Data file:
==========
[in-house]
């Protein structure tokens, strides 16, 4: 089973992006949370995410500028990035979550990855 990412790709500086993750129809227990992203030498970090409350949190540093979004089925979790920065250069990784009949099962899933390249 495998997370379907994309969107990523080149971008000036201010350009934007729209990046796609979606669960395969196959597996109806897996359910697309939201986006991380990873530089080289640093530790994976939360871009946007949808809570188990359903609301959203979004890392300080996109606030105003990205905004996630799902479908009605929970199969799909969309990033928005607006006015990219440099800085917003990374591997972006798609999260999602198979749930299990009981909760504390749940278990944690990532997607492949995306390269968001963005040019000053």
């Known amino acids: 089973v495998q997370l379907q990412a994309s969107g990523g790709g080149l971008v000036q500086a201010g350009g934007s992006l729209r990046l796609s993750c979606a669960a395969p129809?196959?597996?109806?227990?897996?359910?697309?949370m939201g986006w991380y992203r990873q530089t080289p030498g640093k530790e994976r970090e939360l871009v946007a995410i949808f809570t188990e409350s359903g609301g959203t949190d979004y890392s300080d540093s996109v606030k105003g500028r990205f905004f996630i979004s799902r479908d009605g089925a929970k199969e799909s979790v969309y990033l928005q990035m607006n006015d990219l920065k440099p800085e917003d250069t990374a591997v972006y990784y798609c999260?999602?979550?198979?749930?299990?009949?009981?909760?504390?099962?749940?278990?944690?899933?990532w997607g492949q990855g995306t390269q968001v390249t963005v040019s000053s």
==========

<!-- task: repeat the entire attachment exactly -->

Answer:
[in-house]
């Protein structure tokens, strides 16, 4: 089973992006949370995410500028990035979550990855 990412790709500086993750129809227990992203030498970090409350949190540093979004089925979790920065250069990784009949099962899933390249 495998997370379907994309969107990523080149971008000036201010350009934007729209990046796609979606669960395969196959597996109806897996359910697309939201986006991380990873530089080289640093530790994976939360871009946007949808809570188990359903609301959203979004890392300080996109606030105003990205905004996630799902479908009605929970199969799909969309990033928005607006006015990219440099800085917003990374591997972006798609999260999602198979749930299990009981909760504390749940278990944690990532997607492949995306390269968001963005040019000053």
């Known amino acids: 089973v495998q997370l379907q990412a994309s969107g990523g790709g080149l971008v000036q500086a201010g350009g934007s992006l729209r990046l796609s993750c979606a669960a395969p129809?196959?597996?109806?227990?897996?359910?697309?949370m939201g986006w991380y992203r990873q530089t080289p030498g640093k530790e994976r970090e939360l871009v946007a995410i949808f809570t188990e409350s359903g609301g959203t949190d979004y890392s300080d540093s996109v606030k105003g500028r990205f905004f996630i979004s799902r479908d009605g089925a929970k199969e799909s979790v969309y990033l928005q990035m607006n006015d990219l920065k440099p800085e917003d250069t990374a591997v972006y990784y798609c999260?999602?979550?198979?749930?299990?009949?009981?909760?504390?099962?749940?278990?944690?899933?990532w997607g492949q990855g995306t390269q968001v390249t963005v040019s000053s």